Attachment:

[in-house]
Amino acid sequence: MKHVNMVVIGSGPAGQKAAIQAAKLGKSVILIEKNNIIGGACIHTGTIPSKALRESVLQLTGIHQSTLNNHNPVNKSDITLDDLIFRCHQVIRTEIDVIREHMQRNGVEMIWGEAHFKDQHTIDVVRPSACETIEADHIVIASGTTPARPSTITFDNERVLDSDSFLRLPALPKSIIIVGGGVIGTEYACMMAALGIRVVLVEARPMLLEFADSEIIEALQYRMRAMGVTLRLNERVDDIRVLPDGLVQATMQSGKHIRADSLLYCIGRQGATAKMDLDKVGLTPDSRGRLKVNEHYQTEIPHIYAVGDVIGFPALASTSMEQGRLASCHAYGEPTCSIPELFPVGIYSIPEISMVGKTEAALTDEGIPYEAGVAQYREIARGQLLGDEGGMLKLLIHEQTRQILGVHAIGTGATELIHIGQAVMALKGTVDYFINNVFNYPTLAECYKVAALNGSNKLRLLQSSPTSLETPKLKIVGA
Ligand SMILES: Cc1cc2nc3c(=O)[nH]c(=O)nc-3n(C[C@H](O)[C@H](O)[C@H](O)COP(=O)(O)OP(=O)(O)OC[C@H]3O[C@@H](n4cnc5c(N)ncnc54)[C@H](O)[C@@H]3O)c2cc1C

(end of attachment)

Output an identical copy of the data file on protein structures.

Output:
[in-house]
Amino acid sequence: MKHVNMVVIGSGPAGQKAAIQAAKLGKSVILIEKNNIIGGACIHTGTIPSKALRESVLQLTGIHQSTLNNHNPVNKSDITLDDLIFRCHQVIRTEIDVIREHMQRNGVEMIWGEAHFKDQHTIDVVRPSACETIEADHIVIASGTTPARPSTITFDNERVLDSDSFLRLPALPKSIIIVGGGVIGTEYACMMAALGIRVVLVEARPMLLEFADSEIIEALQYRMRAMGVTLRLNERVDDIRVLPDGLVQATMQSGKHIRADSLLYCIGRQGATAKMDLDKVGLTPDSRGRLKVNEHYQTEIPHIYAVGDVIGFPALASTSMEQGRLASCHAYGEPTCSIPELFPVGIYSIPEISMVGKTEAALTDEGIPYEAGVAQYREIARGQLLGDEGGMLKLLIHEQTRQILGVHAIGTGATELIHIGQAVMALKGTVDYFINNVFNYPTLAECYKVAALNGSNKLRLLQSSPTSLETPKLKIVGA
Ligand SMILES: Cc1cc2nc3c(=O)[nH]c(=O)nc-3n(C[C@H](O)[C@H](O)[C@H](O)COP(=O)(O)OP(=O)(O)OC[C@H]3O[C@@H](n4cnc5c(N)ncnc54)[C@H](O)[C@@H]3O)c2cc1C